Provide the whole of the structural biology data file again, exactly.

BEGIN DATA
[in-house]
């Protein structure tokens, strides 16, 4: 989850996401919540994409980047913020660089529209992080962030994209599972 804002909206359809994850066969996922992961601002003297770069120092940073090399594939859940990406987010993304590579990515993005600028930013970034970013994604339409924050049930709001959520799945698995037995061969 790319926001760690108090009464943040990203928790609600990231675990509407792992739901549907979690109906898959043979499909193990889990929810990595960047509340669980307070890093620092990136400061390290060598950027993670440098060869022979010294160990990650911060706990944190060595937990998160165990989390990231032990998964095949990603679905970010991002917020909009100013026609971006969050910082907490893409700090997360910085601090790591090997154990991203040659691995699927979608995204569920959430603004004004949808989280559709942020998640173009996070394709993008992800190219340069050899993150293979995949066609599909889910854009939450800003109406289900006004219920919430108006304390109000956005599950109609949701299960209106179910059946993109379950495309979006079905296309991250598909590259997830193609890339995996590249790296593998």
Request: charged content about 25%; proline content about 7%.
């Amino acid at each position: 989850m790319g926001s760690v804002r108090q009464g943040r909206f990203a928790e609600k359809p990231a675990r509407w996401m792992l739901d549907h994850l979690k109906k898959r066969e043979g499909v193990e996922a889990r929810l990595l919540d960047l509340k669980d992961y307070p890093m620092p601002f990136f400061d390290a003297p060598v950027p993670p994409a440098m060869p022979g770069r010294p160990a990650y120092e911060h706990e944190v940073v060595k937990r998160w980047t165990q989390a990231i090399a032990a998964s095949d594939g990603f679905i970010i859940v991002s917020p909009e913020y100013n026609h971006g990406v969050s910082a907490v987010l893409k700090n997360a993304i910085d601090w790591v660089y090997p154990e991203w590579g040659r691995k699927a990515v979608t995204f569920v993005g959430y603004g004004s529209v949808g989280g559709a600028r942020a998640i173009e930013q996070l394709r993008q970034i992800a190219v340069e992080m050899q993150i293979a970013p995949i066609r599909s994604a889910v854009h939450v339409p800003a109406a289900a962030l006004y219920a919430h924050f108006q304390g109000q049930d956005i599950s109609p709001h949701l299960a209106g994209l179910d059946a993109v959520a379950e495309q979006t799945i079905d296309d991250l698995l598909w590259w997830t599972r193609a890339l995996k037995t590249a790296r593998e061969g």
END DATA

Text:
[in-house]
């Protein structure tokens, strides 16, 4: 989850996401919540994409980047913020660089529209992080962030994209599972 804002909206359809994850066969996922992961601002003297770069120092940073090399594939859940990406987010993304590579990515993005600028930013970034970013994604339409924050049930709001959520799945698995037995061969 790319926001760690108090009464943040990203928790609600990231675990509407792992739901549907979690109906898959043979499909193990889990929810990595960047509340669980307070890093620092990136400061390290060598950027993670440098060869022979010294160990990650911060706990944190060595937990998160165990989390990231032990998964095949990603679905970010991002917020909009100013026609971006969050910082907490893409700090997360910085601090790591090997154990991203040659691995699927979608995204569920959430603004004004949808989280559709942020998640173009996070394709993008992800190219340069050899993150293979995949066609599909889910854009939450800003109406289900006004219920919430108006304390109000956005599950109609949701299960209106179910059946993109379950495309979006079905296309991250598909590259997830193609890339995996590249790296593998």
Request: charged content about 25%; proline content about 7%.
């Amino acid at each position: 989850m790319g926001s760690v804002r108090q009464g943040r909206f990203a928790e609600k359809p990231a675990r509407w996401m792992l739901d549907h994850l979690k109906k898959r066969e043979g499909v193990e996922a889990r929810l990595l919540d960047l509340k669980d992961y307070p890093m620092p601002f990136f400061d390290a003297p060598v950027p993670p994409a440098m060869p022979g770069r010294p160990a990650y120092e911060h706990e944190v940073v060595k937990r998160w980047t165990q989390a990231i090399a032990a998964s095949d594939g990603f679905i970010i859940v991002s917020p909009e913020y100013n026609h971006g990406v969050s910082a907490v987010l893409k700090n997360a993304i910085d601090w790591v660089y090997p154990e991203w590579g040659r691995k699927a990515v979608t995204f569920v993005g959430y603004g004004s529209v949808g989280g559709a600028r942020a998640i173009e930013q996070l394709r993008q970034i992800a190219v340069e992080m050899q993150i293979a970013p995949i066609r599909s994604a889910v854009h939450v339409p800003a109406a289900a962030l006004y219920a919430h924050f108006q304390g109000q049930d956005i599950s109609p709001h949701l299960a209106g994209l179910d059946a993109v959520a379950e495309q979006t799945i079905d296309d991250l698995l598909w590259w997830t599972r193609a890339l995996k037995t590249a790296r593998e061969g």